Craig Bolton left a comment beneath my post, “Recovering from Rationalism.” While Bolton claims to defend libertarianism, his claims actually demonstrate what is wrong with libertarianism.
I do not wish to address Bolton’s bizarre claim that “there is no such thing as ‘induction’.” I don’t even know what he could possibly mean by such a statement. So let’s move on to his politics.
Bolton wishes to separate voluntarist society from politics and political ideology. Opposed to “society” is government, which “is essentially about coercive force,” even though government “may be useful” in suppressing violent individuals.
Thus, Bolton affirms that libertarianism is precisely what Objectivists say it is: a political or social goal explicitly detached from a moral theory.
However, it is impossible to define what properly falls within the bounds of voluntarism without a political ideology that flows from a moral ideology. Following are just a few examples.
* If a 10 year old boy “voluntarily” agrees to have sex with a 40 year old man, is that okay with libertarians? This issue has in fact been seriously debated in libertarian circles. Yet, apart from political and moral theory, libertarians have no way to resolve the issue. Objectivists, though, have a ready response that is consistent with the common view: the concept of voluntarism rests on the rationality of adult people. A child has not yet developed into a fully rational person. Therefore, a child is not in the position to consent to certain things, such as sex, marriage, business contracts, and the purchase of dangerous objects. The extent to which libertarians answer the question (in a non-crazy way) is the extent to which they abandon libertarianism.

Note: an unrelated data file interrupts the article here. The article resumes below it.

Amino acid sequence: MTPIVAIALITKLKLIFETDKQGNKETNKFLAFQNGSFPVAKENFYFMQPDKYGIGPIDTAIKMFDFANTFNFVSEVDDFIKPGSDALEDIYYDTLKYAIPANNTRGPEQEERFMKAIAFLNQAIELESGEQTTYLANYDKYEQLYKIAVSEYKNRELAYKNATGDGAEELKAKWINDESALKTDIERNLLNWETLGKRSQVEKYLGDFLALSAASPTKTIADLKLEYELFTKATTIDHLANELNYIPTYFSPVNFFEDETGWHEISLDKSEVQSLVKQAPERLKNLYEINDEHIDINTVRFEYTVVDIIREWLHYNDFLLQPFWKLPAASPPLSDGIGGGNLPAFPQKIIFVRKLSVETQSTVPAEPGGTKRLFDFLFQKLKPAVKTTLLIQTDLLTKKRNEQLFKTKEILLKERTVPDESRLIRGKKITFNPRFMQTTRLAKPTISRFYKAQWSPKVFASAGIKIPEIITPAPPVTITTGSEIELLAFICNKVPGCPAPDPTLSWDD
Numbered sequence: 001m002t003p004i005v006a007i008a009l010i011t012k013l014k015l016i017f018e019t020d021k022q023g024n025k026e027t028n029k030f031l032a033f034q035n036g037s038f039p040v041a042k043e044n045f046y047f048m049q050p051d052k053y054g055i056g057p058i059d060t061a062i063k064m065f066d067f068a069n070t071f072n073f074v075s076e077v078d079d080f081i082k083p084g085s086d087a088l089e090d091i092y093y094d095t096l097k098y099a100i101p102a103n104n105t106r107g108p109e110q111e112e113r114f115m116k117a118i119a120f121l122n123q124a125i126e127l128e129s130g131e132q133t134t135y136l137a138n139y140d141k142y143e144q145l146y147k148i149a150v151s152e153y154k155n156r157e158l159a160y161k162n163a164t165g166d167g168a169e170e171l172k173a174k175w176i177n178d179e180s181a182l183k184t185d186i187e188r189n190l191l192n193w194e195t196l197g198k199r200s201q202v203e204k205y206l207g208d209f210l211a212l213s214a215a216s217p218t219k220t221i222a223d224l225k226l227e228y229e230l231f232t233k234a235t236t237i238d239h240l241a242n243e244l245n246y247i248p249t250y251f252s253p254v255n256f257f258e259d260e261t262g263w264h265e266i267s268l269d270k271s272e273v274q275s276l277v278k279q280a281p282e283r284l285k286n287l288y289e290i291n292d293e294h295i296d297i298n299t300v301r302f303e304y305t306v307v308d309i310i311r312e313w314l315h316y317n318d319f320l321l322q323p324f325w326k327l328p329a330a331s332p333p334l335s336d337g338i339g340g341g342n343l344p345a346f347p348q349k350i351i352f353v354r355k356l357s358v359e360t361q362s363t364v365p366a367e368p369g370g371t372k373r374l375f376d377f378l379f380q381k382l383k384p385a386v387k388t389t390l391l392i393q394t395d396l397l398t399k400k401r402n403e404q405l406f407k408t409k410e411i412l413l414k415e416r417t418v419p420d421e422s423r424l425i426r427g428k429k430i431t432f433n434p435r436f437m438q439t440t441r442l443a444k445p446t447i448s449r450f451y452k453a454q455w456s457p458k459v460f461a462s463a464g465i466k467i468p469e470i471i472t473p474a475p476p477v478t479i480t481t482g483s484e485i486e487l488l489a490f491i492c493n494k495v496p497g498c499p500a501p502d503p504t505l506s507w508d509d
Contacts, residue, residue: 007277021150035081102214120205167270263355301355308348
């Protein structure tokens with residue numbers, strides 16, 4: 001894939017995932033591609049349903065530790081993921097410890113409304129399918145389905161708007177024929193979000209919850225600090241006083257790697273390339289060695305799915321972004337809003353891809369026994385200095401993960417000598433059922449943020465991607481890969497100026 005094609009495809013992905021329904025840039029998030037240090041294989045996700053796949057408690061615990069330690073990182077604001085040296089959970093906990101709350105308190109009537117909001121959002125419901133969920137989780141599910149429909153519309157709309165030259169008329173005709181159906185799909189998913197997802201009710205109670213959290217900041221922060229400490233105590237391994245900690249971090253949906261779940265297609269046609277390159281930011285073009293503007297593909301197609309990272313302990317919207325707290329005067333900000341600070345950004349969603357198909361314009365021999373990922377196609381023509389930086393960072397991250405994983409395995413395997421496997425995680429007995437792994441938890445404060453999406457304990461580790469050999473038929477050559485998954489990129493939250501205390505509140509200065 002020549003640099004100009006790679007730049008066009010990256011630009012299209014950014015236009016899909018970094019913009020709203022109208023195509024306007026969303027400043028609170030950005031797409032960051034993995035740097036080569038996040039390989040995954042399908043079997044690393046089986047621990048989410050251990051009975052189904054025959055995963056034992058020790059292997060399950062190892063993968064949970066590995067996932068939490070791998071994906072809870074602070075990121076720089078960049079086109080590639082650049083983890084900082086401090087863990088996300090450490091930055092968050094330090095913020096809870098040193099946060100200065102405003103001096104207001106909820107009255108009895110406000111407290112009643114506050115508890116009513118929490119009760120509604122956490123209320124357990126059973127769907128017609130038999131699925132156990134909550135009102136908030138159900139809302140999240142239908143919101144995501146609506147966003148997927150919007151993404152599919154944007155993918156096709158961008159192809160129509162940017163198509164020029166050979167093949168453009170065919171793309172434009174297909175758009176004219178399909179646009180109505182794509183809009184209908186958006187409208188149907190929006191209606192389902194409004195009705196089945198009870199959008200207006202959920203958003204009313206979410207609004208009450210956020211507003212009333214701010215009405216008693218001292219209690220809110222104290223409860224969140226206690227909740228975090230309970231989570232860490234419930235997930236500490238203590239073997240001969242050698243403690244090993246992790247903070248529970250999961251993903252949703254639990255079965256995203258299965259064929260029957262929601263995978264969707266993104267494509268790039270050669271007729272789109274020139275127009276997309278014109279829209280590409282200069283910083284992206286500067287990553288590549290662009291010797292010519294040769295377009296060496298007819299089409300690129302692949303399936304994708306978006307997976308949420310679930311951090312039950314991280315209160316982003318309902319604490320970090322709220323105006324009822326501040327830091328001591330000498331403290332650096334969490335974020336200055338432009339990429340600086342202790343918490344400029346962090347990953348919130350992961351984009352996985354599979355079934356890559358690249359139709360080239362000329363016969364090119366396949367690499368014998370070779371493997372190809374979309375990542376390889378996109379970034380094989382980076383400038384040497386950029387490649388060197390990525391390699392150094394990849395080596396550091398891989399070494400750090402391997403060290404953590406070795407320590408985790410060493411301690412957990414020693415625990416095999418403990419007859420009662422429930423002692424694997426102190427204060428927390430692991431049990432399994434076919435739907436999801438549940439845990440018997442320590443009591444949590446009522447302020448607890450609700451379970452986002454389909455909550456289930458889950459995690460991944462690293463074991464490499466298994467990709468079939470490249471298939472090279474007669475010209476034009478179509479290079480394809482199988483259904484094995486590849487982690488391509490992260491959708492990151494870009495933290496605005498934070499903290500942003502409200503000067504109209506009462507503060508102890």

* Let us say that you are throwing a barbecue party in your back yard, and either there is no fence or the gate is open. Then an uninvited religious nut comes into the yard and starts delivering a sermon. Is this “voluntary?” Did the nut initiate any force? If so, how? All he did is go on a walk and start talking. Where’s the force? Is the answer property rights? But “Libertarianism is not about… asserting that ‘people have rights’.” A theory of property rights requires an overarching political theory that rests on a moral theory as to why people have a right to their property. And any reasonable person will call the police — agents of the government — if the nut refuses to leave.
* What about people who “voluntarily” offer copyrighted music for “free” downloading? The legitimacy of copyright is often debated among libertarians.
* Does abortion limit the voluntary behavior of an embryo, or does a ban on abortion limit the voluntary behavior of the mother? Libertarianism has no answer.
Bolton also shows that libertarianism, as I’ve argued, tends to descend into anti-state reactionism. For Bolton, coercive government is fundamentally at odds with voluntary society, even though he thinks that government can be useful. Because libertarians dismiss moral theory as the foundation for politics, they assume that everything would be fine, if only nasty government would leave people alone. Yet libertarians are inconsistent about this, because most of them realize at some level that we need a government to protect our rights, and that we do need a moral and political theory of rights. The reactionism of libertarianism manifests in a variety of ways, from conspiracy theories about 9/11 to anarchism. Libertarians who do not hate government tend to become pragmatists, for they have already dismissed moral principles as the basis for politics.
I understand that this post is brief, so any reader who does not follow my arguments here is encouraged to read my lengthier critiques, starting with “More Libertarians Against Liberty,” which in turn links to additional articles.
A condensed version of Peter Schwartz’s essay, “Libertarianism: The Perversion of Liberty,” is published in Ayn Rand’s The Voice of Reason.